I am now back in the UK from being in Austria for the past fortnight setting up and presenting ‘Losing Chorus’. Although my PhD is not practice based the exhibition and discussions that the exhibition opened up have really helped me think about my research with more focus. One of the points that emerged with more focus was around the politics of disguise – can we understand the changing and replacement of vocals in groups such the Crystals or even the Supremes as a kind of forced disguise (?) Perhaps disguise is not the correct word – obscure, replacement, mimesis, ventriloquise…I am still so uncertain at the moment – but it would be interesting to find out how complicit performers were in the (re)arrangements.
i have also been thinking a lot about the difficulty in pinpointing the ‘beginnings’ of what is understood as ‘girl group’. The term forces a history that is so unsettled and fragmented – that when you begin to hone in on it it disappears. I will continue with these thoughts this evening – my mind s still very fuzzy on what I actually mean….
Although I just want to note down some of things I want to consider for today:
How did the payola scandals impact black run record labels? ( were they targeted?)
what is the relationship between the Chantels and the history of RnB groups? (Nelson George)
I am currently in Linz, Austria preparing for a new exhibition – Losing Chorus. The exhibition explores the non-symbolic aspects of vocalisations produced on ‘girl group’ records.
For more information please see:
A very short article (Wall Street Journal) whereby Ronnie Spector briefly discusses her appreciate of the Chantels track, “Maybe” (End, 1958). Spector states the strength and power in Smiths voice attributing it to ‘girl power’.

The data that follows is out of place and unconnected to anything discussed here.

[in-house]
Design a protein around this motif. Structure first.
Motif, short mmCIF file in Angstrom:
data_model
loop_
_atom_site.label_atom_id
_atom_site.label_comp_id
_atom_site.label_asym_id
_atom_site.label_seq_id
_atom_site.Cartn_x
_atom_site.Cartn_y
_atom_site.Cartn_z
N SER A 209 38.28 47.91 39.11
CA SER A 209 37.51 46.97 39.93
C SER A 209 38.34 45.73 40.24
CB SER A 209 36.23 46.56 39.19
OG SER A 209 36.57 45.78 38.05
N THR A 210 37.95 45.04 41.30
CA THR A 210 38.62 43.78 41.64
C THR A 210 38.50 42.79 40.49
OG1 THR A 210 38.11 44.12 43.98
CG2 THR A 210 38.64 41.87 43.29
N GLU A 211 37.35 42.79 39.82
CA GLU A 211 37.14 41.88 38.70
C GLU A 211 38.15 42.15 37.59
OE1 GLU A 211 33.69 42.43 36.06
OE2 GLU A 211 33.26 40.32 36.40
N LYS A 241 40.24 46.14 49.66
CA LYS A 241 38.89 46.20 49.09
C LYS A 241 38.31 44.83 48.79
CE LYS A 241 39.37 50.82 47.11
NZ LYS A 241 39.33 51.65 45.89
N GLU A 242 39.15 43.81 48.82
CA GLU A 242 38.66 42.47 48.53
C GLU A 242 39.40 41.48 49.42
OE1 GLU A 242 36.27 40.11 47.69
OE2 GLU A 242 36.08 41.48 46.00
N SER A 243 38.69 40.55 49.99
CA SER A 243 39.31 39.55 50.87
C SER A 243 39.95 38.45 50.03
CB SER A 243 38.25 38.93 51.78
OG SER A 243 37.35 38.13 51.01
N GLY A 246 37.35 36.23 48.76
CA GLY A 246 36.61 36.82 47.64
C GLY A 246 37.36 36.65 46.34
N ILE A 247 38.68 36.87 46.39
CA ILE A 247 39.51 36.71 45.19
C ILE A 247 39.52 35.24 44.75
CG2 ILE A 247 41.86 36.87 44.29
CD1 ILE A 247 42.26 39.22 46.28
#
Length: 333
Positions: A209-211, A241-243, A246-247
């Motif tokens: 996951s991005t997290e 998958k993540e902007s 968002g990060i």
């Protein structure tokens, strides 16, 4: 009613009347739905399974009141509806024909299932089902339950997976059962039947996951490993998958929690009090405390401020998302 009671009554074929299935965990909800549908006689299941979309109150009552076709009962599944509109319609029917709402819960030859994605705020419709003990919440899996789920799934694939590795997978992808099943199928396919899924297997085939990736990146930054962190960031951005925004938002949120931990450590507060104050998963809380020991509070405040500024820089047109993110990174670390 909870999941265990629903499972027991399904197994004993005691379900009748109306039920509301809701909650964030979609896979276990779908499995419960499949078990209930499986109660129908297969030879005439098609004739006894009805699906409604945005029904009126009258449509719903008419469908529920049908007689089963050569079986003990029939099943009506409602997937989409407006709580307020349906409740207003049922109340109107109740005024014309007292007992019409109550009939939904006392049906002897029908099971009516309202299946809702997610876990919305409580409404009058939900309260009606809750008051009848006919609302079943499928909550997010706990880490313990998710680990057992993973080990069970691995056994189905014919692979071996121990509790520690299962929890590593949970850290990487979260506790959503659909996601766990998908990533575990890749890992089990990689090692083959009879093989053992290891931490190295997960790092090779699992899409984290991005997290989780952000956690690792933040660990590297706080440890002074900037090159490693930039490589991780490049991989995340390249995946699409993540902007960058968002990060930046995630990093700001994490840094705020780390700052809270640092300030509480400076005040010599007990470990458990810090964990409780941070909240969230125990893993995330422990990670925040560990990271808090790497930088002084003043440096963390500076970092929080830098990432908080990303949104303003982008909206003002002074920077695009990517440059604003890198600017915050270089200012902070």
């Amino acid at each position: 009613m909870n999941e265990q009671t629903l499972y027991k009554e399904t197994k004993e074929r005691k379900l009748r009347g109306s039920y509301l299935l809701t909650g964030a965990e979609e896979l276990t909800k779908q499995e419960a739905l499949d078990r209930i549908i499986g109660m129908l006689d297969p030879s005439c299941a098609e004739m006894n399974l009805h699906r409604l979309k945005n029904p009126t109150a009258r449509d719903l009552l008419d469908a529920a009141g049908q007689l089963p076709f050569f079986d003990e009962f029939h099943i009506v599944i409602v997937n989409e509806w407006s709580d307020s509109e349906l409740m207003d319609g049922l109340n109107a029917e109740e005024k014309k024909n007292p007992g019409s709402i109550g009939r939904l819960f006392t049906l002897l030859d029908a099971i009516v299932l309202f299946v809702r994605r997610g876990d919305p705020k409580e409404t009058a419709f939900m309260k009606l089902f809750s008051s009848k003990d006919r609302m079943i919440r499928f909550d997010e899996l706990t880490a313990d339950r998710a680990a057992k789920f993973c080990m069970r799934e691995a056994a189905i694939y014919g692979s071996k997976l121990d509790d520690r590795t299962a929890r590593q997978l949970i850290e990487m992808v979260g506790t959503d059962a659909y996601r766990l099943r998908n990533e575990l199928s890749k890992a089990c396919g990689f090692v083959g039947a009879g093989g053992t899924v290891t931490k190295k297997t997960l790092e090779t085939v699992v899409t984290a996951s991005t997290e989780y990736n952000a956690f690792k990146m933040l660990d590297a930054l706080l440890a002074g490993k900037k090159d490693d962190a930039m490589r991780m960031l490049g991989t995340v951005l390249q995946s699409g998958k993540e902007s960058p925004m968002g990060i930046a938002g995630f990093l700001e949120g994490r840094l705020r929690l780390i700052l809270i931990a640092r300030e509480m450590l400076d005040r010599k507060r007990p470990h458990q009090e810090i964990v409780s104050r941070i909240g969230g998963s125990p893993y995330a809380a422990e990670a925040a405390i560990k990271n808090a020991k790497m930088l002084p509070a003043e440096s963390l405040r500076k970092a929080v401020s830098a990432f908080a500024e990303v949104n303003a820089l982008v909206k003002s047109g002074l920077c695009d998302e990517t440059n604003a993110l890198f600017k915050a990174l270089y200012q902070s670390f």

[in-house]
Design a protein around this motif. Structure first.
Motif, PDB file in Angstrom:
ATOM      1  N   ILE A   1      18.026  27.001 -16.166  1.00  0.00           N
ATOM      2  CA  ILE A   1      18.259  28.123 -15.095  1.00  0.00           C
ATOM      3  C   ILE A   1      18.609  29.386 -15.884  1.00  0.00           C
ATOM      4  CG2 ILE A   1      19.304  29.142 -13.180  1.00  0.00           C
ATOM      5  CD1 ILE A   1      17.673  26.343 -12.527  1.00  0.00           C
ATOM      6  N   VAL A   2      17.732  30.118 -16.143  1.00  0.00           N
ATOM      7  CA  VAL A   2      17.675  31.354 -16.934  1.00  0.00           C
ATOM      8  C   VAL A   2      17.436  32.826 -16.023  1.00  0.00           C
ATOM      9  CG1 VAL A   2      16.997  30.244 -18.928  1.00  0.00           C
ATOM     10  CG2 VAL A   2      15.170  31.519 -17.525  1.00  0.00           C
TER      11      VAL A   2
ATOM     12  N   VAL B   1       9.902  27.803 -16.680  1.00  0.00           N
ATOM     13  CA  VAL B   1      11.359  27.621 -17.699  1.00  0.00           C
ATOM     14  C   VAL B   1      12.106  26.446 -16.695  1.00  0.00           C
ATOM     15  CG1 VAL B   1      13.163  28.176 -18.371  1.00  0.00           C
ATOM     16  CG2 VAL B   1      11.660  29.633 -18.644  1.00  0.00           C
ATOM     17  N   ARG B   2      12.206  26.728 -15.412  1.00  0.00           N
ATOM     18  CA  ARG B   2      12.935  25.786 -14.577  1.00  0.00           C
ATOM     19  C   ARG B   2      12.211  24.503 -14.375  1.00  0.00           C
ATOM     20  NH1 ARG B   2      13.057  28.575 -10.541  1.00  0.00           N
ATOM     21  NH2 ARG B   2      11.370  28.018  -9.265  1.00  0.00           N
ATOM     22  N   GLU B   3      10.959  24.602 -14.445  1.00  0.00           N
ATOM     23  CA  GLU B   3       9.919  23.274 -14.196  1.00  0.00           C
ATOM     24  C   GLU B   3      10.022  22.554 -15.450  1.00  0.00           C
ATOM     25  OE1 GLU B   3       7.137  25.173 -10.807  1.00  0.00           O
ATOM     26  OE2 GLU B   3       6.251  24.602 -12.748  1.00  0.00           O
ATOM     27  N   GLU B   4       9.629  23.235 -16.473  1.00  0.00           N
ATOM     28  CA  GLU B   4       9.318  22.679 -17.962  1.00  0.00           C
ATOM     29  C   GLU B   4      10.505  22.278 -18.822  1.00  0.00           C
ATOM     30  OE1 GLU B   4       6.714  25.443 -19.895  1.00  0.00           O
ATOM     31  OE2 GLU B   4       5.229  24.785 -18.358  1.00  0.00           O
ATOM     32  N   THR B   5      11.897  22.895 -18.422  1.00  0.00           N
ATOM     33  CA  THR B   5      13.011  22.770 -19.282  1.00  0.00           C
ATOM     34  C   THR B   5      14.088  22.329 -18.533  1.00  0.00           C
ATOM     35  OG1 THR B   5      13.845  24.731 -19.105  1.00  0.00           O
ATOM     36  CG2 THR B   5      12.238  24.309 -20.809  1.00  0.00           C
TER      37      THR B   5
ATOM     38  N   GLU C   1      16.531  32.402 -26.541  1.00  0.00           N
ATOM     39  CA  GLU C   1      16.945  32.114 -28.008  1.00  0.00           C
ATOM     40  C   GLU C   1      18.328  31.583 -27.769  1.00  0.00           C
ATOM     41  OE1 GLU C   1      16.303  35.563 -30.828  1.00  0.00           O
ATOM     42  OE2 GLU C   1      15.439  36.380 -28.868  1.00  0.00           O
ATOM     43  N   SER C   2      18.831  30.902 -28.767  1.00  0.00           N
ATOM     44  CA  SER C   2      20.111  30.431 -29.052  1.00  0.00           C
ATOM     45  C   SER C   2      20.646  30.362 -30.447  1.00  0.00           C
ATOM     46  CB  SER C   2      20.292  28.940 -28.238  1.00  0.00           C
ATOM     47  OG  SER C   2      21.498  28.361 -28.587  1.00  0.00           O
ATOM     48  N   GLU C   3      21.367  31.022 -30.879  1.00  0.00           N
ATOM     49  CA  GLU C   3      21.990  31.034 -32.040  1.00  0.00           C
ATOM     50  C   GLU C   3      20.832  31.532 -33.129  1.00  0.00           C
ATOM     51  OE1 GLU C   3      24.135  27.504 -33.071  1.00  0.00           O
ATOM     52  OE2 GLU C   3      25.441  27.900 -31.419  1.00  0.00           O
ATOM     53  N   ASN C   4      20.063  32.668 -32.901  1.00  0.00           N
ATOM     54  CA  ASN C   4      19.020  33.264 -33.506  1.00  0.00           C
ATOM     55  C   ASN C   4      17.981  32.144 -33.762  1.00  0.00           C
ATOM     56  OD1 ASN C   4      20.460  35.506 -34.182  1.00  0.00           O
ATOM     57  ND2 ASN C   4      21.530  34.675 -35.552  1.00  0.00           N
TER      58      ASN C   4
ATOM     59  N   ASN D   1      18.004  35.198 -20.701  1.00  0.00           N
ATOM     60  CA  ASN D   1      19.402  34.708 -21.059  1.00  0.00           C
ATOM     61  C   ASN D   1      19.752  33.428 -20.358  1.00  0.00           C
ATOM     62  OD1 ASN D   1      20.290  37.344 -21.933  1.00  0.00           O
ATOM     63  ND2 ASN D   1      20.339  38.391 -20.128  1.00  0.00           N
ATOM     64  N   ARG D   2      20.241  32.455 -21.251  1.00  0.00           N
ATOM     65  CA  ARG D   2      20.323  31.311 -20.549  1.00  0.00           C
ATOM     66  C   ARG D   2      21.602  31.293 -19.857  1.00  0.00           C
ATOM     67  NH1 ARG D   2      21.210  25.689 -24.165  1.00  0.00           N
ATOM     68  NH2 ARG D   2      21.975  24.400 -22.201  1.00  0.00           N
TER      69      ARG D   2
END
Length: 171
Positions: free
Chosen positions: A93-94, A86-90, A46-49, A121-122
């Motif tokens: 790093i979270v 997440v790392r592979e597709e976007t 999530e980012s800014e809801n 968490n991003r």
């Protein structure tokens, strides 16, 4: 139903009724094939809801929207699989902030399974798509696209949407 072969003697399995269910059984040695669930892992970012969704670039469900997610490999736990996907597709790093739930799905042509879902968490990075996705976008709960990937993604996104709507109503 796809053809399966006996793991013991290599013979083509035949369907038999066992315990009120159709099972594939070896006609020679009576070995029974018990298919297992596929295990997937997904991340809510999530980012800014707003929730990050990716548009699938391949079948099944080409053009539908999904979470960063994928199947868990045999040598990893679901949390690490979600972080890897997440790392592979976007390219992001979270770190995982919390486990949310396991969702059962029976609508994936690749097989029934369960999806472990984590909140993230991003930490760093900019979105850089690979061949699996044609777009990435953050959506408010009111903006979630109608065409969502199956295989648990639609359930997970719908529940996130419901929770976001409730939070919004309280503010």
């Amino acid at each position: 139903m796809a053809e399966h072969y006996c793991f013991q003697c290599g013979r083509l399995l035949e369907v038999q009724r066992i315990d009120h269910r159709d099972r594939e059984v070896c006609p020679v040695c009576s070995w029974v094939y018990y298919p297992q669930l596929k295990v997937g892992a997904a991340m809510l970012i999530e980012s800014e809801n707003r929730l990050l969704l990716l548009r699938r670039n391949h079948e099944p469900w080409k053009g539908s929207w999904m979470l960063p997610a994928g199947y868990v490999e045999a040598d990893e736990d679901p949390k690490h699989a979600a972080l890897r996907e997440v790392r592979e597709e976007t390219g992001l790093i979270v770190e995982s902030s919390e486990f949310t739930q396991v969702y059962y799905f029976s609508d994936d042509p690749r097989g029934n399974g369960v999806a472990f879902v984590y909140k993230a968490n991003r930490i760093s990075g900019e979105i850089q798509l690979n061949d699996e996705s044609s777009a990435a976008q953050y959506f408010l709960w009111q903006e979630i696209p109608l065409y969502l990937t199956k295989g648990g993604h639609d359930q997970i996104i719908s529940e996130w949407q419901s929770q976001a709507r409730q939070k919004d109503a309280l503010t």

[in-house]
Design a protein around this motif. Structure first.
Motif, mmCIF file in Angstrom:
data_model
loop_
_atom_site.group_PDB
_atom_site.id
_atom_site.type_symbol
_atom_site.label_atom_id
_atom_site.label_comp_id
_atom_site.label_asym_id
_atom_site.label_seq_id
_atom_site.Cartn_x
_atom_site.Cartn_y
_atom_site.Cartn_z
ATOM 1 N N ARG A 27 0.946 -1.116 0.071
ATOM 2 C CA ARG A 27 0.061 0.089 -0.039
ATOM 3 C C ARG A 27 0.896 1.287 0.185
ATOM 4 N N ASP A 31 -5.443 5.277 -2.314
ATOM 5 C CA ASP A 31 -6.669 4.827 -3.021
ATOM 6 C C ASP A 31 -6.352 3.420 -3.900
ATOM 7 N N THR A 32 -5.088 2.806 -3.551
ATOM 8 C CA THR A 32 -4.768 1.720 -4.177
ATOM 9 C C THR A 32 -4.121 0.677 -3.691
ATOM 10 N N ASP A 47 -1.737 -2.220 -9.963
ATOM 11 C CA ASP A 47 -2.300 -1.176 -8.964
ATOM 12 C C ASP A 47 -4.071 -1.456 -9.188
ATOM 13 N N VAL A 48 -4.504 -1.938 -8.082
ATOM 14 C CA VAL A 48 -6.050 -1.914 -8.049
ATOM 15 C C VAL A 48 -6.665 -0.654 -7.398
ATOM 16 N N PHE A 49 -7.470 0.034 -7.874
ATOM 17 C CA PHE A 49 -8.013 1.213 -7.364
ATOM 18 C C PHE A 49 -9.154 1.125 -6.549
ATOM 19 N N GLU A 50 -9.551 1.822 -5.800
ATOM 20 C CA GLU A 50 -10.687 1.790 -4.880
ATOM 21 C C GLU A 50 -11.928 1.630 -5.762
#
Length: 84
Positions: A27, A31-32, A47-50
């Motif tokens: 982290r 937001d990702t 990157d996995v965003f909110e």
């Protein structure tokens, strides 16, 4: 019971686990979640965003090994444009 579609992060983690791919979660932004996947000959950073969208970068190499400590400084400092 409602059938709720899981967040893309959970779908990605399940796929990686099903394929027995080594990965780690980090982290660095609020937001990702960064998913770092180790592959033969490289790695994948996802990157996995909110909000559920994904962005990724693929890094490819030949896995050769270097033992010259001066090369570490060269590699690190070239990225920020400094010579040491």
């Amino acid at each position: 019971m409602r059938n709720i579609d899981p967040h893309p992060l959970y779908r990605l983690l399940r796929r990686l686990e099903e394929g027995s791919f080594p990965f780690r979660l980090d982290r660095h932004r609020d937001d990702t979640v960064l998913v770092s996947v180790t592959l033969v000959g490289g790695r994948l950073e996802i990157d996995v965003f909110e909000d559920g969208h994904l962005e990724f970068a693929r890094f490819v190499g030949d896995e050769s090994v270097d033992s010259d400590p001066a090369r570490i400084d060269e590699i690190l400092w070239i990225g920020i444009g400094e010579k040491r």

In her biography Dreamgirl: My Life As A Supreme Mary Wilson discusses how the emergence of the ‘Primettes’ (featuring Betty McGlown, Dian(e)a Ross, Florence Ballard and Mary Wilson) as a professional act and her role was in part due to her mothers view that being in a vocal group would keep her occupied after school and keep her “out of trouble” and “off the streets”. The group therefore became a means of social discipline whereby this activity stopped the possibility of other activity. It is quite late and my head is somewhat fuzzy but I want to note down this point before it escapes me completely.
I picked up a later issue of the Chantels ‘We Are The Chantels’ (LP 301) yesterday. Released on END records this issue see’s the track listing re-organised into a slightly different order and more significantly has a different front cover. There is no date on the release but online sources seem to date it at 1962.
This cover shows two, white ‘teens’ selecting tunes from a juke box.
The original release has an image of the group organised in height order wearing light pink, matching dresses with a red say belt and white gloves. I ma keen to discover why this cover was not re-used. An online source describes the group and wearing “southern plantation dresses”. It is difficult to ascertain how accurate a description that is as these dresses seem to be in a style common of the late 1950s. The use of this description seems quite uncomfortable – I need to find out how accurate this is.
I have just received an email from the record store where I purchased the above record. Apparently, the change was due to the image of a group of young black women. This is a disturbing piece of information to receive. If this was the case then the feminist reclamation of such groups has utterly ignored issue beyond gender. I have asked if they have anymore information regarding the alteration and perhaps others.
The Soul Detroit online forum also has discussed this issue. There appears to be two possible theories:
- the image was changed to appeal to the south – fearing there would be issues regarding a group of young black women
- That the dresses the group are wearing were seen as antebellum plantation outfits.